Believe in yourself. When you believe in what you are doing and are passionate about it, I think people will come around to support you. That’s what we’ve seen in our work in New Mexico, for example. It was amazing. The owner of the biggest food co-op in New Mexico was on the advisory board and donated his time to help the students within their first year. When you’re committed to change that’s going to benefit the community, people want to support that.
Be easy on yourself. Sometimes the best advice is to think three steps ahead but also have a plan b, c and d.
How do you work in a small team? I went from an established, well-funded nonprofit to – hey, we’re all building this together! I think it takes seeing ourselves in a different structure, because I think sometimes a nonprofit can feel like you have to do it a certain way. Communication is key, for me, I’m learning how to text and be okay with it. I set up hours.
How do you get the word out? When we first started, we were really grassroots, so students gave each other the word of mouth, and we’ve started to broaden who feels like they could start a coop. When it started, the coop movement was not as diverse as it could be in terms of reflecting the future, and communities of color and low-income communities. They have a history in the South, they have a deep history with mutual aid, Fannie Lou Hamer and W.E.B. Debois. Knowing that, how do we allow people to reclaim some of that history? Because of that we’ve been more intentional with our outreach. We’ve researched schools, looked at community colleges, black colleges and universities and mainly Hispanic colleges and universities and colleges, tribal colleges, and looked at their sustainability programs, ethnic studies and urban planning programs, and just sent out emails to some 300 schools. Part of this is working grassroots, but if we’re trying to employ an equity agenda, that requires intentionality.
What about funding? We’ve been lucky to have partners that have been funding us for a few years, and that multi-year support is great. What’s hard is so many small nonprofits going after the same limited amount of money, and because we’re a startup, we’re still building the trust and we’re not big enough to have the scale for those larger grants, but if we were given more, we could. It’s a chicken and the egg. Or, we’ve tried to go in on grants with other nonprofits who are doing similar work around coops or youth organizing and trying to see if going after it as a collaborative would be more successful. And, for us to be three people and have worked with 60 schools nationwide, that’s pretty big.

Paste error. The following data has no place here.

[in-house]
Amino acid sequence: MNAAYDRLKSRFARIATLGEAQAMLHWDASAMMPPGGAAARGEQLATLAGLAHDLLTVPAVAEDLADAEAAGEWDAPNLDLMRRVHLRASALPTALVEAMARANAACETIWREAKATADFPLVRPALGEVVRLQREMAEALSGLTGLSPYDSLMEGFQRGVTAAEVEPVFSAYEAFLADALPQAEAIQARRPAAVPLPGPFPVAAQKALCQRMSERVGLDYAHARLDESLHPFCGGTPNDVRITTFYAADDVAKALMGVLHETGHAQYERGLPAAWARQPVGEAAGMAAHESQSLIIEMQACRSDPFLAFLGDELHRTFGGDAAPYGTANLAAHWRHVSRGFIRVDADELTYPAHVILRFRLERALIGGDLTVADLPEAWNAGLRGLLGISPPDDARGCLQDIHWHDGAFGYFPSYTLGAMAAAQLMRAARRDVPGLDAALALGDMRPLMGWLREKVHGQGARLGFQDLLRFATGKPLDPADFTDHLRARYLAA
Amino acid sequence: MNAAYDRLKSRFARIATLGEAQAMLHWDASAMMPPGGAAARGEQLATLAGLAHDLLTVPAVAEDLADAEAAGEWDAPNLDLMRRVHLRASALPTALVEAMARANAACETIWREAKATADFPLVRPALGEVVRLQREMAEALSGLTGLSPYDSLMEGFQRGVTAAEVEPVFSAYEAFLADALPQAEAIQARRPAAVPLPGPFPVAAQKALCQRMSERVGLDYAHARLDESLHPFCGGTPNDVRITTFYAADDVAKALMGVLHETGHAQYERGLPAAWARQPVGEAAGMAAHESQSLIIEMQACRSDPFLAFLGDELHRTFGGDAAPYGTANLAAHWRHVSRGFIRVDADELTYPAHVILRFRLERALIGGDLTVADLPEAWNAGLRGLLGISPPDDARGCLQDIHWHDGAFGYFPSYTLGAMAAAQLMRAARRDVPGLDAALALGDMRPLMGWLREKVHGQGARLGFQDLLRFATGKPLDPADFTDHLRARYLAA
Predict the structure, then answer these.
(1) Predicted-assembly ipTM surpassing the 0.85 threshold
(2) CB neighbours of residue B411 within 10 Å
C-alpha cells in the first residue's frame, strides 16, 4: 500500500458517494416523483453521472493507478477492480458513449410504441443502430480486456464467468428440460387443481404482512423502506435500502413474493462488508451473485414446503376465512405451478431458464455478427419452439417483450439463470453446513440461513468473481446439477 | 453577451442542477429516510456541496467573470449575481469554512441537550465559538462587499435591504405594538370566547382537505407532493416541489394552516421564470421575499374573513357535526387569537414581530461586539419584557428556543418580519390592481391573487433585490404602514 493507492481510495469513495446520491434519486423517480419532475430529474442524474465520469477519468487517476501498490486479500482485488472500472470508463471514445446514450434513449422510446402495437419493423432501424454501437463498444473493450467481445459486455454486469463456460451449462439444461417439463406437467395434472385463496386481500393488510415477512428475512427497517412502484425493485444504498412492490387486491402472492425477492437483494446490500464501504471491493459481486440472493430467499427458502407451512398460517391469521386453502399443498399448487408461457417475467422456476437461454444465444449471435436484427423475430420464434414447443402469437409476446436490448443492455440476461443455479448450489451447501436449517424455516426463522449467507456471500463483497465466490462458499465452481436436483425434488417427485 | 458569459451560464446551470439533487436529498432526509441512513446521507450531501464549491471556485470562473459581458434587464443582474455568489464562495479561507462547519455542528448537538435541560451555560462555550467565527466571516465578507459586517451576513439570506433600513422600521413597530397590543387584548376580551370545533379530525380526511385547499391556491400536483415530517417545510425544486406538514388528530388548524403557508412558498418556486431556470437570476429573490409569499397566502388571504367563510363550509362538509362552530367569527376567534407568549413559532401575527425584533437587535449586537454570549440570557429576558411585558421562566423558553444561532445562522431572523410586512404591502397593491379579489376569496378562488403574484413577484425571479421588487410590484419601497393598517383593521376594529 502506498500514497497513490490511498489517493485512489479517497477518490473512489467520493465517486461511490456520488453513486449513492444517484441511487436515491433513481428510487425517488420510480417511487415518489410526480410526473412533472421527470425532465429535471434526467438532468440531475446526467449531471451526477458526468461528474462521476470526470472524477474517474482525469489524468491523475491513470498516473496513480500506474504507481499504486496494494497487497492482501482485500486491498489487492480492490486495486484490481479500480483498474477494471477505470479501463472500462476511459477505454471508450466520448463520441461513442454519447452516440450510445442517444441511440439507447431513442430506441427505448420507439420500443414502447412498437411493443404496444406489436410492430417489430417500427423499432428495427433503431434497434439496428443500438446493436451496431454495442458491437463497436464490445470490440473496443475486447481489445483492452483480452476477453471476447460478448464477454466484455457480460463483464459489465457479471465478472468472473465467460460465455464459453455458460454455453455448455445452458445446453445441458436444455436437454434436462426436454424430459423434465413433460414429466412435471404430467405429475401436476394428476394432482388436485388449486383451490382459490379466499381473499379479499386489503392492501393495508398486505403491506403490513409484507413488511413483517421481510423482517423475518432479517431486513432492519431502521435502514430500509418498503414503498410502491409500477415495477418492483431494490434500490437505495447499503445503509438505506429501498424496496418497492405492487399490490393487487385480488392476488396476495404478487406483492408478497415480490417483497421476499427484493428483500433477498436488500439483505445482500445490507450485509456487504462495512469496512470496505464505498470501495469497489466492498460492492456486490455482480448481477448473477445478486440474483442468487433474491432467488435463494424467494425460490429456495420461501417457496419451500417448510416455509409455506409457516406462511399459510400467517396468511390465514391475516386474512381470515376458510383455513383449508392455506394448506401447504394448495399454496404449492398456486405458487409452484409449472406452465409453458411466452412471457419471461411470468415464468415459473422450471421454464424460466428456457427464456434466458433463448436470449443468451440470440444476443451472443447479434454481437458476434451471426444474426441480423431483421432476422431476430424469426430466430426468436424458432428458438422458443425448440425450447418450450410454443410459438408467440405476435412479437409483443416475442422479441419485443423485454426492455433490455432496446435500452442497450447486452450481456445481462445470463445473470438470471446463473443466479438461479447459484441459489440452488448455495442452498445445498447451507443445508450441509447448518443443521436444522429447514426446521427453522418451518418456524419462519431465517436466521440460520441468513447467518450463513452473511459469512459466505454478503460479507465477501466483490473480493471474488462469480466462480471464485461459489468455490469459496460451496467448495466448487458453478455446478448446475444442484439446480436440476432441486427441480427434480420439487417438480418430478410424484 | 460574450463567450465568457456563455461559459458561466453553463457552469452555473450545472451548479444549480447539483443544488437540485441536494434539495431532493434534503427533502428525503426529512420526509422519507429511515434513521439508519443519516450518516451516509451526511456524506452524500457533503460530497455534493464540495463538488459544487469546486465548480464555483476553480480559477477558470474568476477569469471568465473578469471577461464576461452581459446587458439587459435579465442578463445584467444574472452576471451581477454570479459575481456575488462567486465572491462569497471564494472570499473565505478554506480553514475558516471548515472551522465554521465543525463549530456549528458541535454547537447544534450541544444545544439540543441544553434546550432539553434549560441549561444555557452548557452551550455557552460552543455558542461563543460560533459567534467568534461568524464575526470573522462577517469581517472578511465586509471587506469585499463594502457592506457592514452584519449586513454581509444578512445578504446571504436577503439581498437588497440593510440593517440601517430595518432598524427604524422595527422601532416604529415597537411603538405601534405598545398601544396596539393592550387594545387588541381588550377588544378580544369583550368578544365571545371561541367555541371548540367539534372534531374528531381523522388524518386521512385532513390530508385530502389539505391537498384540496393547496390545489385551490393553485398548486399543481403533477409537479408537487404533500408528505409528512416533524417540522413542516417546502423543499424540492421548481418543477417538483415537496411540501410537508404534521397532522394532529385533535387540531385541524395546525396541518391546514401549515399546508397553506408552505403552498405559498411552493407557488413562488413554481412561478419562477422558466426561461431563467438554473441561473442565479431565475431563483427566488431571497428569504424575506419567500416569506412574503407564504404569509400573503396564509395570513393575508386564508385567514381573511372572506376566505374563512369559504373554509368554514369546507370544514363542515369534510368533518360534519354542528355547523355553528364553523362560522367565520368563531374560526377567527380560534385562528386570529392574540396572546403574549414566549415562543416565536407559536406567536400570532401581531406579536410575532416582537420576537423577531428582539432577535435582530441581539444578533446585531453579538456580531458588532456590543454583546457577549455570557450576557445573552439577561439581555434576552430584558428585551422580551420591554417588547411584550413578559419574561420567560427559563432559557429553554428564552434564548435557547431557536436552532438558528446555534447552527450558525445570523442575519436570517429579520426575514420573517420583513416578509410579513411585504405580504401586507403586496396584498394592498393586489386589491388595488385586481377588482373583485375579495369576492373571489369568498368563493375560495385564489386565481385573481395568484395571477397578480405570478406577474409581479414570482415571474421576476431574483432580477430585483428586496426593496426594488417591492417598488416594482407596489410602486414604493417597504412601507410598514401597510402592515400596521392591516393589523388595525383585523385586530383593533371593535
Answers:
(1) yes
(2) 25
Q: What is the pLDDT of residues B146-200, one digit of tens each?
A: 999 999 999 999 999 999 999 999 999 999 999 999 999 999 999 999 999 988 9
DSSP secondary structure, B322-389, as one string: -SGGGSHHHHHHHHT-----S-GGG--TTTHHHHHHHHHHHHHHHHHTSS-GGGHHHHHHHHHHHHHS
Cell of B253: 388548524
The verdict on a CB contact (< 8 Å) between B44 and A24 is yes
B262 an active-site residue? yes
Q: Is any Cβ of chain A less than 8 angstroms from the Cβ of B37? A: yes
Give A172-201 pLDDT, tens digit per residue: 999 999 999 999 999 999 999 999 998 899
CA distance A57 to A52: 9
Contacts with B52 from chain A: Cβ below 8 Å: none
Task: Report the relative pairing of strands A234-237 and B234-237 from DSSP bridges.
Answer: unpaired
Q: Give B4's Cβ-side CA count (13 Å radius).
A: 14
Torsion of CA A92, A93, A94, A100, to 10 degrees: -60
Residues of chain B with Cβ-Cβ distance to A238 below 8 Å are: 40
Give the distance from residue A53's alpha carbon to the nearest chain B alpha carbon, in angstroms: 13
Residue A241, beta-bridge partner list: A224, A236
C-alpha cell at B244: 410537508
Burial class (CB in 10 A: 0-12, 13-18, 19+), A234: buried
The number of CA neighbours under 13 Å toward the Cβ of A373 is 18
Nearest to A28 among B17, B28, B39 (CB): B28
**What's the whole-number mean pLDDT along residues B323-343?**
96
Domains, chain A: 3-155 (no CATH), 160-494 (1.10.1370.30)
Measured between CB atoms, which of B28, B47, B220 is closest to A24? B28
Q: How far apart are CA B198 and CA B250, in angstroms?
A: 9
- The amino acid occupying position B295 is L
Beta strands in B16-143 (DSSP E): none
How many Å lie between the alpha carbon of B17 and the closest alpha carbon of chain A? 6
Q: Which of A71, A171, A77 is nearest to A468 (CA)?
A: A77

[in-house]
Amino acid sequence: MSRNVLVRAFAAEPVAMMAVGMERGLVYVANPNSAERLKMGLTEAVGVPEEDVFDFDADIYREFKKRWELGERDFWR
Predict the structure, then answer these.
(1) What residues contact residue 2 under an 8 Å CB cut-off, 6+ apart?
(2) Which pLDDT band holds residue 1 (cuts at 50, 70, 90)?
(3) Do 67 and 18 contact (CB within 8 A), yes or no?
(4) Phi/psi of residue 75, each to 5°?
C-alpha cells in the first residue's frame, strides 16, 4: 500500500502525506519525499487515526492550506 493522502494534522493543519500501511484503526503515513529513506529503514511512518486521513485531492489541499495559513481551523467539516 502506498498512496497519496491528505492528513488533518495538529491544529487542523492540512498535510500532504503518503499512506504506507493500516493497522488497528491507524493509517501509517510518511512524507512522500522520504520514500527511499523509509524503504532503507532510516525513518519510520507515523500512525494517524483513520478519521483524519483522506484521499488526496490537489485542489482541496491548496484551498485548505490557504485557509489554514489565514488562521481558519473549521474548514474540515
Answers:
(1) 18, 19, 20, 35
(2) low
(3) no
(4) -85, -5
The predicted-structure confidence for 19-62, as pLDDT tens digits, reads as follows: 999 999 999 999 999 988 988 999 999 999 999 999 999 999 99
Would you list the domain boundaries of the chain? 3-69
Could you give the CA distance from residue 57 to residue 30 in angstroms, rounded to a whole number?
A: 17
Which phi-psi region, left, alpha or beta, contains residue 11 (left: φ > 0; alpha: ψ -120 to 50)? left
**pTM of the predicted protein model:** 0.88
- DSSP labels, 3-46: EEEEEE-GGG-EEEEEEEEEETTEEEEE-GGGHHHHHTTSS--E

Are there resources you’d recommend for people who want to learn more?
Collective Courage by Jessica Gordon Nembhard – collective thinking and coop roots in the South (see interview below)
Daniel Reyes on Ask Cathy Co-op – how food coops can support low-income neighborhoods
Sustainable Economic Law Center SELC – resources on the different types of coops
Democracy Collaborative – for their reports
Where is future of CoFED?
I would love for the idea to be ubiquitous – the understanding that it’s a really strong business model and we can work differently and have a different relationship with money. Japan has so many student coops that they have a national student organization, a national student coop organizing body. Puerto Rico has coops in 300 schools as part of a legal requirement to teach cooperative curriculum in high school. They also create coops in prisons.
We’re at a point when we look at the future and our disparities are already so wide, and what’s always been compelling for me is that it’s about people working together when they don’t have a lot of options to create wealth. So, when I think about where we are now, and who those people are, and the population that’s incarcerated is unjustifiable, and when people don’t have access to education and don’t have generational wealth, having a job is a really important part of their future. Having a coop teaches you how to create your own job and retain that as your wealth. Japan’s doing it, Puerto Rico’s doing it, we should be at the forefront. And when I think about our food system and our farms and who owns that and small farmers who are really struggling to meet the market demand, I’m thinking of how the coop structure can support them, so that we have dynamic local communities. (Large photo from Inquiring Systems)